**Question 2**

A list consists of 4 positive integers. Which of the following statements individually provide(s) sufficient information to determine that the range of the list is greater than or equal to 3?

Indicate **all** such statements.

- The difference between two of the integers in the list is greater than 2.
- The difference between the largest and the smallest integer in the list is less than 5.
- The difference between two of the integers in the list is 5.

**GRE Data Analysis/Interpretation Practice Questions**

**Question 1**

For which of the following countries was the number of European museums related to architecture, art, history greater than 3/5 of the number of public museums for that country?

Indicate **all** such countries.

- Austria
- Croatia
- Estonia
- France
- Hungary
- Netherlands
- Spain
- Switzerland

**Question 2**

The graph above shows the number of students graduating with a US Master’s degree, 1990-2000. Which of the following approximates the median annual number of students graduating with a US master’s degree for the years from 1990 to 2000, inclusive.

- 240,000
- 270,000
- 315,000
- 340,000
- 350,000

**GRE Reading Comprehension Practice Questions**

Studies analyzing the genetic history of North American songbird populations have yielded both expected and surprising results. As anticipated, analyses reveal that current levels of species diversity and population distribution correlate with ecological changes following the retreat of glaciers. For instance, species inhabiting higher latitudes demonstrate reduced genetic variation – indicative of population bottlenecks after retreating ice opened new territory. **Surprisingly, and contrary to some models, genetic similarity seems more influenced by current climate and ecological zones than by geographical proximity**. In some cases, related species exhibit high degrees of genetic divergence despite inhabiting very similar, adjacent locales. These findings are prompting novel questions about the role of microhabitat adaptation and behavioral mechanisms in promoting speciation. Researchers must determine if genetic differentiation precedes behavioral isolation or arises as a consequence of such changes.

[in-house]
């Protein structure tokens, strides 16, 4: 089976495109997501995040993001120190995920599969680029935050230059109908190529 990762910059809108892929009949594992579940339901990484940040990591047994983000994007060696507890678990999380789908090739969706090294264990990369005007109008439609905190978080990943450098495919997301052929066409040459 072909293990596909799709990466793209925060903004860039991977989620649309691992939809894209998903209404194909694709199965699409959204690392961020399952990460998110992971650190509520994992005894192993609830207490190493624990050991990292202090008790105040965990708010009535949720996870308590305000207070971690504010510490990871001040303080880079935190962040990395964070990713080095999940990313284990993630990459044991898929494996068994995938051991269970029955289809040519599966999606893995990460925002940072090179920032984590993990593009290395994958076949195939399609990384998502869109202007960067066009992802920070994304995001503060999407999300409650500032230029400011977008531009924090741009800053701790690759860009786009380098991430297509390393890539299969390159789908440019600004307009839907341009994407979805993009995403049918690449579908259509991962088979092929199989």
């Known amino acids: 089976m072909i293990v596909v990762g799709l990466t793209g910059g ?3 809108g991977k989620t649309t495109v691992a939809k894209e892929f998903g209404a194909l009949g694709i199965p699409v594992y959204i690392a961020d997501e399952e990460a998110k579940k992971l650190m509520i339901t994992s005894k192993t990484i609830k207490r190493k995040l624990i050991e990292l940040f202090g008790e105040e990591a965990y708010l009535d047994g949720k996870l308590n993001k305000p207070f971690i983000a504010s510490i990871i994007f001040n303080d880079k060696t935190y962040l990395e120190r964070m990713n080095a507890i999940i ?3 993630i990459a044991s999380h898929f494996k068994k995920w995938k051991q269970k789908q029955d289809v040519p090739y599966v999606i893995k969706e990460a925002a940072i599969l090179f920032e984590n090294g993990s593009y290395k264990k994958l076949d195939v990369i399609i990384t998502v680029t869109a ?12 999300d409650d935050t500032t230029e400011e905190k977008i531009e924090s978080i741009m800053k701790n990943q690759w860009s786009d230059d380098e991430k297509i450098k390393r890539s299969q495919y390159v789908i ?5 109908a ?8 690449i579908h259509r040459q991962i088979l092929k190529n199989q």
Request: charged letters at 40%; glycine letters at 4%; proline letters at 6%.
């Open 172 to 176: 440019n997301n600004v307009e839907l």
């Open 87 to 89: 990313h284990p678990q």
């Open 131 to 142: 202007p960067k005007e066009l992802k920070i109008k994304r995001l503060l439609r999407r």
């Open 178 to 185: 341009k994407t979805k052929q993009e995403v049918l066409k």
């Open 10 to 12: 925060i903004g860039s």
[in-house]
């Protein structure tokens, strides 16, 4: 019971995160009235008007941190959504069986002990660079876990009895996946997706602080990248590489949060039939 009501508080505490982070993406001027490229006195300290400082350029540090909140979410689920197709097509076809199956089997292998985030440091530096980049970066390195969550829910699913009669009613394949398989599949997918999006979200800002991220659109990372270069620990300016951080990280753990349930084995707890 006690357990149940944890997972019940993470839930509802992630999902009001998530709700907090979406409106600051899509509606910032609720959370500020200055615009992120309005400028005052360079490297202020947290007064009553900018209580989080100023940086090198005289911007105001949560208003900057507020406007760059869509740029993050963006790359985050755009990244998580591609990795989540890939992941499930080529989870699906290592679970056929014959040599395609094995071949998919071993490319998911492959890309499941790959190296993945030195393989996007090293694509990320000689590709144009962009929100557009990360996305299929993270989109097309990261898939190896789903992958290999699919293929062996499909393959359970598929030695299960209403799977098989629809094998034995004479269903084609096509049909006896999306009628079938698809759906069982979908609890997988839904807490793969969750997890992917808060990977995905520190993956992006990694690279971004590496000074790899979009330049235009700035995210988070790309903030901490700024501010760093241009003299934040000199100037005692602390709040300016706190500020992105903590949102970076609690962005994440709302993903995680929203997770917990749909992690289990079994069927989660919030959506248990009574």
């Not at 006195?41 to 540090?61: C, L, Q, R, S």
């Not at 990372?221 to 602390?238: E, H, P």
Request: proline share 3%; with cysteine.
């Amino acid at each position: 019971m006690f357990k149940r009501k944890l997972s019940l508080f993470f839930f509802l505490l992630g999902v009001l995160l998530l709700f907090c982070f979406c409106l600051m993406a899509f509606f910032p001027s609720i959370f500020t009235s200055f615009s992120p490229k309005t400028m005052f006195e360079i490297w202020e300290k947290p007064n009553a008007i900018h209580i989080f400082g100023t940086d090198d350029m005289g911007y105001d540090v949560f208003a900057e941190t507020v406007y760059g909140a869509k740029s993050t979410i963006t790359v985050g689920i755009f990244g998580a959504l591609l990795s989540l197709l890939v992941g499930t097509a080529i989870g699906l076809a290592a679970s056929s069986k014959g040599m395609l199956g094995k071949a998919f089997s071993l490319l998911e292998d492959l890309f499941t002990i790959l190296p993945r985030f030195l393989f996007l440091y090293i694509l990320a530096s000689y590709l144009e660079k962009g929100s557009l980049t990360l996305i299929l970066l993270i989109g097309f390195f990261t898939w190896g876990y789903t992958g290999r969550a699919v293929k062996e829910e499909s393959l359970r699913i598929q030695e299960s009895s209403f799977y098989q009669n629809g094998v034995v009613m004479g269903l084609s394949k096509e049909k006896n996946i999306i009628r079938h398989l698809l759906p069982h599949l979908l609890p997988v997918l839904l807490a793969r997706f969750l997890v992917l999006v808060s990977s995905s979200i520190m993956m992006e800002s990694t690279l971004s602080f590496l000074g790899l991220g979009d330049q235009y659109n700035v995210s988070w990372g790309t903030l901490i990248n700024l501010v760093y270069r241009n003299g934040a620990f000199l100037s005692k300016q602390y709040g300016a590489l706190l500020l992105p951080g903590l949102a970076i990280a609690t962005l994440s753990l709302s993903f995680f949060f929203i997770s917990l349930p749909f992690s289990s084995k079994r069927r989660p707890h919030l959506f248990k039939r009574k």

**Question 1**

The bold text primarily serves to:

(A) Provide evidence supporting a previous theory about speciation in North American songbirds.

(B) Describe an observation contradicting certain theories of geographical isolation in birds.